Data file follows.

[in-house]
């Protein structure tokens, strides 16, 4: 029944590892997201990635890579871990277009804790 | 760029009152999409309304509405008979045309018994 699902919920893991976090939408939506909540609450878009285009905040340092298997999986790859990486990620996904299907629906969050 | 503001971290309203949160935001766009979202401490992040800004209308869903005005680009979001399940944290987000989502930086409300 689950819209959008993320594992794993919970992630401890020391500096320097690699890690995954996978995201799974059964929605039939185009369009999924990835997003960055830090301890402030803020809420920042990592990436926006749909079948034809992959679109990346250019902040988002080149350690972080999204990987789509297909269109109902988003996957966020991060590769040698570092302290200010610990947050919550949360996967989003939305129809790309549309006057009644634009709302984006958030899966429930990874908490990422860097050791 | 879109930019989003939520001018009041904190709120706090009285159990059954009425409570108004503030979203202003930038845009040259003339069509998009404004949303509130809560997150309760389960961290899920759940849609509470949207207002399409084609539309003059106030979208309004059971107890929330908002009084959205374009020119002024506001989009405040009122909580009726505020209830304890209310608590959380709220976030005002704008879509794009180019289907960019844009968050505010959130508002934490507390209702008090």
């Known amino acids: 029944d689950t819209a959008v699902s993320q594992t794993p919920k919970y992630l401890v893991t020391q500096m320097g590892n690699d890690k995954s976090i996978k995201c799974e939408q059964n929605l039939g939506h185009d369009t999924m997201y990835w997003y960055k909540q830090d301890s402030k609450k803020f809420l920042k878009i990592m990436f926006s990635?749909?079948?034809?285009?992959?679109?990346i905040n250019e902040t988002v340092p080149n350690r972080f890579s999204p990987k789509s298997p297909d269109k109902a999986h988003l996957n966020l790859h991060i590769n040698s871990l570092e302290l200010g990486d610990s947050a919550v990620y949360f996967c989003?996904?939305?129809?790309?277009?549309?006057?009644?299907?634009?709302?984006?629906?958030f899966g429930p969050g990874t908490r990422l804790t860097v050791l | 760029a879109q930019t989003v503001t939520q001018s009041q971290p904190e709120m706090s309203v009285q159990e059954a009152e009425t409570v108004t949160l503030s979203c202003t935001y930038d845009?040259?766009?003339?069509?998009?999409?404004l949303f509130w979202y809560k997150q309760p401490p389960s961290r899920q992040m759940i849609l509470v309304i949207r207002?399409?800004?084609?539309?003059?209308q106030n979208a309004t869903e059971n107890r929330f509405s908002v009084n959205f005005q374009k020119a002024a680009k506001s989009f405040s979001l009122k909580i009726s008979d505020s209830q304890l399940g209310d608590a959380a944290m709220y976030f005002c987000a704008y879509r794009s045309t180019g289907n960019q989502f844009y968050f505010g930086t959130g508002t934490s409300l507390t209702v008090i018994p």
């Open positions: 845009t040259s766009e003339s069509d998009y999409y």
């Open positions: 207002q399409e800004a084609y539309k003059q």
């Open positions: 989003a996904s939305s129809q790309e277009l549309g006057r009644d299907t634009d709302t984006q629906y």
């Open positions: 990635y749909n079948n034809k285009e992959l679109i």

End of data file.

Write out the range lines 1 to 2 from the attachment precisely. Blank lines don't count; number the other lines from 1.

[in-house]
């Protein structure tokens, strides 16, 4: 029944590892997201990635890579871990277009804790 | 760029009152999409309304509405008979045309018994 699902919920893991976090939408939506909540609450878009285009905040340092298997999986790859990486990620996904299907629906969050 | 503001971290309203949160935001766009979202401490992040800004209308869903005005680009979001399940944290987000989502930086409300 689950819209959008993320594992794993919970992630401890020391500096320097690699890690995954996978995201799974059964929605039939185009369009999924990835997003960055830090301890402030803020809420920042990592990436926006749909079948034809992959679109990346250019902040988002080149350690972080999204990987789509297909269109109902988003996957966020991060590769040698570092302290200010610990947050919550949360996967989003939305129809790309549309006057009644634009709302984006958030899966429930990874908490990422860097050791 | 879109930019989003939520001018009041904190709120706090009285159990059954009425409570108004503030979203202003930038845009040259003339069509998009404004949303509130809560997150309760389960961290899920759940849609509470949207207002399409084609539309003059106030979208309004059971107890929330908002009084959205374009020119002024506001989009405040009122909580009726505020209830304890209310608590959380709220976030005002704008879509794009180019289907960019844009968050505010959130508002934490507390209702008090």